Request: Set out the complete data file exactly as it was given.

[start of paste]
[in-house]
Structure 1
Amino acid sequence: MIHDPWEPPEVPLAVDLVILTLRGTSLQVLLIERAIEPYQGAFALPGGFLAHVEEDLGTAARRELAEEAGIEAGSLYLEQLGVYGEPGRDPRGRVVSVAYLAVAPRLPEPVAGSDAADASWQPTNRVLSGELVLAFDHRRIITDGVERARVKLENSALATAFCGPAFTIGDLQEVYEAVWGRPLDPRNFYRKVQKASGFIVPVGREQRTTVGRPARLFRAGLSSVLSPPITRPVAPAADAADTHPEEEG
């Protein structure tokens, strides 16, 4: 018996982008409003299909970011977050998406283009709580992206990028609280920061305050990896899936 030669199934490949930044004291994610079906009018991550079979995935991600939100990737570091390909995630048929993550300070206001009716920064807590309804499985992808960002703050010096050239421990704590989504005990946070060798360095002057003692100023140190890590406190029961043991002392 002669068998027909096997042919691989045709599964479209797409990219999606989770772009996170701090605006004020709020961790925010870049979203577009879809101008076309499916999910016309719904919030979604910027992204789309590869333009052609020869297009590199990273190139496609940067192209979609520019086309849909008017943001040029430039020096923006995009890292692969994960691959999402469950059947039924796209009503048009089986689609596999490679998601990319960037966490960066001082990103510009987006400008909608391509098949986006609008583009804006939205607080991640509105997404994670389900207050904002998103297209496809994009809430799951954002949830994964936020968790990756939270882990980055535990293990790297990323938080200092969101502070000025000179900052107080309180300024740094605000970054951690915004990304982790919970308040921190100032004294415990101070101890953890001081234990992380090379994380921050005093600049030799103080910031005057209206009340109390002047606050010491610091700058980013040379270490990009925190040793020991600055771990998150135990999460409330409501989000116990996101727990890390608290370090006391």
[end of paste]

[in-house]
Structure 1
Amino acid sequence: MIHDPWEPPEVPLAVDLVILTLRGTSLQVLLIERAIEPYQGAFALPGGFLAHVEEDLGTAARRELAEEAGIEAGSLYLEQLGVYGEPGRDPRGRVVSVAYLAVAPRLPEPVAGSDAADASWQPTNRVLSGELVLAFDHRRIITDGVERARVKLENSALATAFCGPAFTIGDLQEVYEAVWGRPLDPRNFYRKVQKASGFIVPVGREQRTTVGRPARLFRAGLSSVLSPPITRPVAPAADAADTHPEEEG
């Protein structure tokens, strides 16, 4: 018996982008409003299909970011977050998406283009709580992206990028609280920061305050990896899936 030669199934490949930044004291994610079906009018991550079979995935991600939100990737570091390909995630048929993550300070206001009716920064807590309804499985992808960002703050010096050239421990704590989504005990946070060798360095002057003692100023140190890590406190029961043991002392 002669068998027909096997042919691989045709599964479209797409990219999606989770772009996170701090605006004020709020961790925010870049979203577009879809101008076309499916999910016309719904919030979604910027992204789309590869333009052609020869297009590199990273190139496609940067192209979609520019086309849909008017943001040029430039020096923006995009890292692969994960691959999402469950059947039924796209009503048009089986689609596999490679998601990319960037966490960066001082990103510009987006400008909608391509098949986006609008583009804006939205607080991640509105997404994670389900207050904002998103297209496809994009809430799951954002949830994964936020968790990756939270882990980055535990293990790297990323938080200092969101502070000025000179900052107080309180300024740094605000970054951690915004990304982790919970308040921190100032004294415990101070101890953890001081234990992380090379994380921050005093600049030799103080910031005057209206009340109390002047606050010491610091700058980013040379270490990009925190040793020991600055771990998150135990999460409330409501989000116990996101727990890390608290370090006391």